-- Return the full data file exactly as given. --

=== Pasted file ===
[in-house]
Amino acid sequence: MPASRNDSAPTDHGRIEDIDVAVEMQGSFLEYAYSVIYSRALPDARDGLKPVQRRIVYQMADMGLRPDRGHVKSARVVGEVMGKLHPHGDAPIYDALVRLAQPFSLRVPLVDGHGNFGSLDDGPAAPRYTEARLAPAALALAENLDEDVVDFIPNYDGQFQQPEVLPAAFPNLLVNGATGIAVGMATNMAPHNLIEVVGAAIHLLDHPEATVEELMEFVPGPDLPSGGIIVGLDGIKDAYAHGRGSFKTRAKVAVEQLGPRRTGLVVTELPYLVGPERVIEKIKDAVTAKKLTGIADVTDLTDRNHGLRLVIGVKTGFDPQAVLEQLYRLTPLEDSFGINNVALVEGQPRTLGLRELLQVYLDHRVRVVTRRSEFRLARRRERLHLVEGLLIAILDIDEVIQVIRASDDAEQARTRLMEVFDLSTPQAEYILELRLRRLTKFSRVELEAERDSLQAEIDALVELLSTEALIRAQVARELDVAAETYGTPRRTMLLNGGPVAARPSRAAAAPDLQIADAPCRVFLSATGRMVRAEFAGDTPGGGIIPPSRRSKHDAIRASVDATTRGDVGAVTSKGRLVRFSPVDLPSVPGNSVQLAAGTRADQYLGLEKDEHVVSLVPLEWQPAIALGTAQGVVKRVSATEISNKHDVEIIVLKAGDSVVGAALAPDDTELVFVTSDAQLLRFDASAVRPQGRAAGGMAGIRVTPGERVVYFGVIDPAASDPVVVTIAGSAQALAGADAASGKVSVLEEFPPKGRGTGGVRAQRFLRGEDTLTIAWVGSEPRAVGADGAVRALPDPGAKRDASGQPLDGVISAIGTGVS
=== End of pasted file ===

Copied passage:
[in-house]
Amino acid sequence: MPASRNDSAPTDHGRIEDIDVAVEMQGSFLEYAYSVIYSRALPDARDGLKPVQRRIVYQMADMGLRPDRGHVKSARVVGEVMGKLHPHGDAPIYDALVRLAQPFSLRVPLVDGHGNFGSLDDGPAAPRYTEARLAPAALALAENLDEDVVDFIPNYDGQFQQPEVLPAAFPNLLVNGATGIAVGMATNMAPHNLIEVVGAAIHLLDHPEATVEELMEFVPGPDLPSGGIIVGLDGIKDAYAHGRGSFKTRAKVAVEQLGPRRTGLVVTELPYLVGPERVIEKIKDAVTAKKLTGIADVTDLTDRNHGLRLVIGVKTGFDPQAVLEQLYRLTPLEDSFGINNVALVEGQPRTLGLRELLQVYLDHRVRVVTRRSEFRLARRRERLHLVEGLLIAILDIDEVIQVIRASDDAEQARTRLMEVFDLSTPQAEYILELRLRRLTKFSRVELEAERDSLQAEIDALVELLSTEALIRAQVARELDVAAETYGTPRRTMLLNGGPVAARPSRAAAAPDLQIADAPCRVFLSATGRMVRAEFAGDTPGGGIIPPSRRSKHDAIRASVDATTRGDVGAVTSKGRLVRFSPVDLPSVPGNSVQLAAGTRADQYLGLEKDEHVVSLVPLEWQPAIALGTAQGVVKRVSATEISNKHDVEIIVLKAGDSVVGAALAPDDTELVFVTSDAQLLRFDASAVRPQGRAAGGMAGIRVTPGERVVYFGVIDPAASDPVVVTIAGSAQALAGADAASGKVSVLEEFPPKGRGTGGVRAQRFLRGEDTLTIAWVGSEPRAVGADGAVRALPDPGAKRDASGQPLDGVISAIGTGVS